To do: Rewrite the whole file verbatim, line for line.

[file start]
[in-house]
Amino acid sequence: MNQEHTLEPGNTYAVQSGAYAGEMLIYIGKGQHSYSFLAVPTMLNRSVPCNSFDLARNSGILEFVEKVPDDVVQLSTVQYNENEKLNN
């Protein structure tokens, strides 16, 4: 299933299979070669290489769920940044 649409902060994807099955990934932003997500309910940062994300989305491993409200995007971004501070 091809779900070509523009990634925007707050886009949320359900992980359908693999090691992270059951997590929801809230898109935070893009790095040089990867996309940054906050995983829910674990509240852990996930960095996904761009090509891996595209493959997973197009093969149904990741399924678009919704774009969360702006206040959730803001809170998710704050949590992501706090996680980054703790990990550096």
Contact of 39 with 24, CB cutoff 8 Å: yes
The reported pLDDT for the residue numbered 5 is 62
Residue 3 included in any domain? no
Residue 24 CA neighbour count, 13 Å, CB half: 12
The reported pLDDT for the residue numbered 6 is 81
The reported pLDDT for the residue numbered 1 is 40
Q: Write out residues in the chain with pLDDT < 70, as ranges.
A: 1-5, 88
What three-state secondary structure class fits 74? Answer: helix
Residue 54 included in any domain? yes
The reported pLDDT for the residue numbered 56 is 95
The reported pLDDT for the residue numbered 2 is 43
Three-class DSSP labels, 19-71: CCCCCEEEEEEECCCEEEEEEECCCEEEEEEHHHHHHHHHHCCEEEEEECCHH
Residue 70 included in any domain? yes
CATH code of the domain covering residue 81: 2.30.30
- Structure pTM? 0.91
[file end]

[in-house]
Amino acid sequence: MNQEHTLEPGNTYAVQSGAYAGEMLIYIGKGQHSYSFLAVPTMLNRSVPCNSFDLARNSGILEFVEKVPDDVVQLSTVQYNENEKLNN
């Protein structure tokens, strides 16, 4: 299933299979070669290489769920940044 649409902060994807099955990934932003997500309910940062994300989305491993409200995007971004501070 091809779900070509523009990634925007707050886009949320359900992980359908693999090691992270059951997590929801809230898109935070893009790095040089990867996309940054906050995983829910674990509240852990996930960095996904761009090509891996595209493959997973197009093969149904990741399924678009919704774009969360702006206040959730803001809170998710704050949590992501706090996680980054703790990990550096």
Contact of 39 with 24, CB cutoff 8 Å: yes
The reported pLDDT for the residue numbered 5 is 62
Residue 3 included in any domain? no
Residue 24 CA neighbour count, 13 Å, CB half: 12
The reported pLDDT for the residue numbered 6 is 81
The reported pLDDT for the residue numbered 1 is 40
Q: Write out residues in the chain with pLDDT < 70, as ranges.
A: 1-5, 88
What three-state secondary structure class fits 74? Answer: helix
Residue 54 included in any domain? yes
The reported pLDDT for the residue numbered 56 is 95
The reported pLDDT for the residue numbered 2 is 43
Three-class DSSP labels, 19-71: CCCCCEEEEEEECCCEEEEEEECCCEEEEEEHHHHHHHHHHCCEEEEEECCHH
Residue 70 included in any domain? yes
CATH code of the domain covering residue 81: 2.30.30
- Structure pTM? 0.91